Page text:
We need to concentrate and blend the various strains of the Afrikan experience and our adaptations to the Diaspora and cross-cultural and economic exchange into a Pan Afrikan culture and consciousness and productive relations that are rooted in proletarian intercommunalism, internationalism and humanism.
On this 50th anniversary of the Black Panthers’ Free Breakfast Program, let us meditate on the incredible legacy of the original Black Panther Party. Although this is a plea for help and a call to action, this piece is also a dedication.
“While the environment has changed from one of total abandonment and neglect to one of gentrification, the impacts upon the community are very similar.”
“Lalo’s House” is the story of human trafficking in Haiti, which is the favorite playground of Jeffrey Epstein’s bestie, former U.S. President Bill Clinton.
“Unalienable Rights” by filmmaker Froi Cuesta tells the story of the 1978 MOVE confrontation with the Philly police and all of the local politics surrounding it.
Jamaal Bradley, an industry giant, is the former supervising animator at Dreamworks and has worked at various studios, including Walt Disney Animation, Sony Pictures Imageworks and Electronic Arts. He has been a senior animator on several Oscar-nominated films.
“Good Kidd,"directed by Oakland native Jamari Perry, is a coming of age story that most young Black men from impoverished, drug ridden environments call their lives.
This year’s 21st annual San Francisco Black Film Festival was an elegant and epic occasion. Filmmakers from Sao Paulo, Brazil, Durban, South Africa, London, England Atlanta, Arizona, Macon, New York, Kansas, Los Angeles, as well as the Bay Area and more convened on Northern California’s most international city to look at recent films.
Two legendary thespians from Hunters Point and Fillmore, Ben Guillory and Danny Glover, are coming home with a film about their lives in theater. This is our story, and it is better to get history from the mouths of the people who made it.
The opening film for the San Francisco Black Film Festival this year is the much anticipated award winning “Guitar Man.” The main character, Buzzy Martin, taught music to prisoners at San Quentin and later took those experiences back to the at-risk youth that he taught and still teaches to this day.
As I was preparing my sculptures for the opening of the biennale, I documented life in the ghetto for myself, and then expanded on it by interviewing multiple Haitian artists – those notable and prosperous, those successful but still poor – in my mission to fathom what sustains them despite the daily hardships of life in Port au Prince.
“Belonging in the USA: The Story of Michael D. McCarty” is the story of a Black man who fought on the side of the people, right alongside one of the most legendary leaders to organize and make Panther rhetoric practical, and Michael lived to be able to talk about it.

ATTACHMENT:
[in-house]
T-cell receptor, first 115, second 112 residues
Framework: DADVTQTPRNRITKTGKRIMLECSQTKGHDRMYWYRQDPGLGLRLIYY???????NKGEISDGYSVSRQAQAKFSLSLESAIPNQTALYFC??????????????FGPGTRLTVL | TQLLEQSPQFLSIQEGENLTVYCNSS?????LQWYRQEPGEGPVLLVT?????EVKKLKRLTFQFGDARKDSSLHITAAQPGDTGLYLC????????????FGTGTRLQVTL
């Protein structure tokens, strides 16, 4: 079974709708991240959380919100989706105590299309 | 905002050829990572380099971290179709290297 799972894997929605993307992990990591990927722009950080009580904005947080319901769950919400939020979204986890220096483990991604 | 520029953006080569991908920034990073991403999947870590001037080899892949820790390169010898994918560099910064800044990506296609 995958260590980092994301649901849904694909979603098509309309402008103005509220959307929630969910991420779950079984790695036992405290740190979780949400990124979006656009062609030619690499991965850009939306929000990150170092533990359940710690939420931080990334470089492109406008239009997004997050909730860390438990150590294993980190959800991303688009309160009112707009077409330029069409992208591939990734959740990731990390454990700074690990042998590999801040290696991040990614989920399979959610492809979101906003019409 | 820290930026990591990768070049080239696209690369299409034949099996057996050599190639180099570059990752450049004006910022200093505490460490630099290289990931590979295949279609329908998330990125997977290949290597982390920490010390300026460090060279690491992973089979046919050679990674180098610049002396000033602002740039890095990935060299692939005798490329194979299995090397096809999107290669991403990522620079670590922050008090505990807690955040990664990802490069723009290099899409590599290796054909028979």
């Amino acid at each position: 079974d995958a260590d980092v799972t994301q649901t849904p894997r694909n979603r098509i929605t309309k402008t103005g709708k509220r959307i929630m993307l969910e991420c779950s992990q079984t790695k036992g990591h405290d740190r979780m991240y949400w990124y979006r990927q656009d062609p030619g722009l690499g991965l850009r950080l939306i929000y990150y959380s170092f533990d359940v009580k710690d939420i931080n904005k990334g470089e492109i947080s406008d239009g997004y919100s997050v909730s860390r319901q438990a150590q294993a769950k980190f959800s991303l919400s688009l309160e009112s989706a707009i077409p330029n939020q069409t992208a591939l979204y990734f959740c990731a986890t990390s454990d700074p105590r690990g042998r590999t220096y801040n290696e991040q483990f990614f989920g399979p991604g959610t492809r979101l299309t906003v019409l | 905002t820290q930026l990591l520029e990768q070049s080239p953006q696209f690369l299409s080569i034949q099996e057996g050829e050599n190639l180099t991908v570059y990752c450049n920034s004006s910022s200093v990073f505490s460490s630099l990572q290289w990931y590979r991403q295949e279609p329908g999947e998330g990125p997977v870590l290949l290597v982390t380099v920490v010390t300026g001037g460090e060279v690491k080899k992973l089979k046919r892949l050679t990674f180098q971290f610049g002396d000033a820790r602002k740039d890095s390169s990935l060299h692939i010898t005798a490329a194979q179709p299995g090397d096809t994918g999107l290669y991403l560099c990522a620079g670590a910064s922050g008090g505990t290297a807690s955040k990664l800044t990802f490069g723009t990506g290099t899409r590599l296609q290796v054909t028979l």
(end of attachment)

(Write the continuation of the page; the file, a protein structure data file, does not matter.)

“In Haiti, more than 750 privately run and unregulated institutions host an estimated 30,000 children, of which 80 percent are not orphans. In these unregulated conditions, children can be more susceptible to trafficking and other forms of physical and sexual abuse.”
“Birth of Afrobeat” is a masterfully configured story about the Pan African music genre that was born in Lagos but of parents from Nigeria and the U.S., since Max Roach, James Brown and the Black Panthers also had an influence on its birth.
Philly police commenced to tear-gassing the [MOVE] house, shooting up the house, bulldozing the house with people and animals in it, then flooding the house with a fireman’s water hose. Then a cop gets shot, which many believe was from friendly fire.
The 15-minute political satirical comedy, “The United States of Paranoia,” by writer and director Rashan Castro is one of the crown jewels of the San Francisco Black Film Festival this year. Halfway through and thousands of police shootings and racial attacks into the Trump presidency, this film could not have picked a more relevant time to debut.
“Kevin Epps is an intellectual and a San Francisco treasure. And the words that come to mind when I think of him is that he is very meek. He is humble."
At the hearing, the judge stated that the indictment was sealed and that she was refusing to grant Kevin Epps bail on the grounds that “he was a danger to the community” even though well over 60 letters of support flooded into the court from upstanding and important figures from here and all over the nation who defended Epps’ reputation and community track record.
The Chauncey Bailey Project was never about honoring and continuing the work of the late journalist Chauncey Wendell Bailey Jr. and answering questions regarding his death, as it claims on its website. The project and the Oakland police seem to have more of a lynch mob mentality in their investigation.
He stressed the need for people to buy property collectively and develop plans that would work as safety nets when people can’t afford to pay their mortgages.